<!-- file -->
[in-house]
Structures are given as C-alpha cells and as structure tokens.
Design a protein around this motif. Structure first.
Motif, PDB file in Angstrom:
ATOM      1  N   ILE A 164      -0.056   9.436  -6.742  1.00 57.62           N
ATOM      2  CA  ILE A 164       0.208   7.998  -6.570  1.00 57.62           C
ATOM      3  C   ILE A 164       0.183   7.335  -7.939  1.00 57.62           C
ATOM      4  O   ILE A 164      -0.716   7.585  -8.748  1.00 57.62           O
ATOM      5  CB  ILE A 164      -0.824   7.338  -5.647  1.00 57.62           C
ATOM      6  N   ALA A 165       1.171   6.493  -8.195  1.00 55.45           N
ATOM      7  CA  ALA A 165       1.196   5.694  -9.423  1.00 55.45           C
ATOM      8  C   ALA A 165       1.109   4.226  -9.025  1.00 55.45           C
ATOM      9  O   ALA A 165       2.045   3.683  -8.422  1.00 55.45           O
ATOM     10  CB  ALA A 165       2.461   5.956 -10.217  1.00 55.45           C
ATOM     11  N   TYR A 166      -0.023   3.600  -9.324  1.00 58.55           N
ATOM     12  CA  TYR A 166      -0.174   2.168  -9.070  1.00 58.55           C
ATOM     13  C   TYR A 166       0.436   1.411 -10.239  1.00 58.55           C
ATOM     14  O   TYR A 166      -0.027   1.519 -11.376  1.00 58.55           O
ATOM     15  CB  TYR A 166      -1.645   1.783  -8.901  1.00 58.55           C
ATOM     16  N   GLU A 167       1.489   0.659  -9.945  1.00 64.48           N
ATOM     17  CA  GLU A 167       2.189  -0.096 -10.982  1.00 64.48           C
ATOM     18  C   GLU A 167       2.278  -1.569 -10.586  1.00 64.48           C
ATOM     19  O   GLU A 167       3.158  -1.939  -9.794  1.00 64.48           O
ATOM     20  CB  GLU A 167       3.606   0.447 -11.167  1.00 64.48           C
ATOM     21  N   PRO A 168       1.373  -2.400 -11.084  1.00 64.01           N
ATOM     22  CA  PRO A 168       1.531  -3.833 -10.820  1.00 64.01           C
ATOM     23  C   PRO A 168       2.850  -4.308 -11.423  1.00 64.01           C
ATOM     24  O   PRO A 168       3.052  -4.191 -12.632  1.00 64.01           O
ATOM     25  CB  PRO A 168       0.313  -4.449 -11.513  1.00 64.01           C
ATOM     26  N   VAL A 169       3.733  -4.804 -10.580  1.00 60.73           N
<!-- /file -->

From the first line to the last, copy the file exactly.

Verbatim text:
[in-house]
Structures are given as C-alpha cells and as structure tokens.
Design a protein around this motif. Structure first.
Motif, PDB file in Angstrom:
ATOM      1  N   ILE A 164      -0.056   9.436  -6.742  1.00 57.62           N
ATOM      2  CA  ILE A 164       0.208   7.998  -6.570  1.00 57.62           C
ATOM      3  C   ILE A 164       0.183   7.335  -7.939  1.00 57.62           C
ATOM      4  O   ILE A 164      -0.716   7.585  -8.748  1.00 57.62           O
ATOM      5  CB  ILE A 164      -0.824   7.338  -5.647  1.00 57.62           C
ATOM      6  N   ALA A 165       1.171   6.493  -8.195  1.00 55.45           N
ATOM      7  CA  ALA A 165       1.196   5.694  -9.423  1.00 55.45           C
ATOM      8  C   ALA A 165       1.109   4.226  -9.025  1.00 55.45           C
ATOM      9  O   ALA A 165       2.045   3.683  -8.422  1.00 55.45           O
ATOM     10  CB  ALA A 165       2.461   5.956 -10.217  1.00 55.45           C
ATOM     11  N   TYR A 166      -0.023   3.600  -9.324  1.00 58.55           N
ATOM     12  CA  TYR A 166      -0.174   2.168  -9.070  1.00 58.55           C
ATOM     13  C   TYR A 166       0.436   1.411 -10.239  1.00 58.55           C
ATOM     14  O   TYR A 166      -0.027   1.519 -11.376  1.00 58.55           O
ATOM     15  CB  TYR A 166      -1.645   1.783  -8.901  1.00 58.55           C
ATOM     16  N   GLU A 167       1.489   0.659  -9.945  1.00 64.48           N
ATOM     17  CA  GLU A 167       2.189  -0.096 -10.982  1.00 64.48           C
ATOM     18  C   GLU A 167       2.278  -1.569 -10.586  1.00 64.48           C
ATOM     19  O   GLU A 167       3.158  -1.939  -9.794  1.00 64.48           O
ATOM     20  CB  GLU A 167       3.606   0.447 -11.167  1.00 64.48           C
ATOM     21  N   PRO A 168       1.373  -2.400 -11.084  1.00 64.01           N
ATOM     22  CA  PRO A 168       1.531  -3.833 -10.820  1.00 64.01           C
ATOM     23  C   PRO A 168       2.850  -4.308 -11.423  1.00 64.01           C
ATOM     24  O   PRO A 168       3.052  -4.191 -12.632  1.00 64.01           O
ATOM     25  CB  PRO A 168       0.313  -4.449 -11.513  1.00 64.01           C
ATOM     26  N   VAL A 169       3.733  -4.804 -10.580  1.00 60.73           N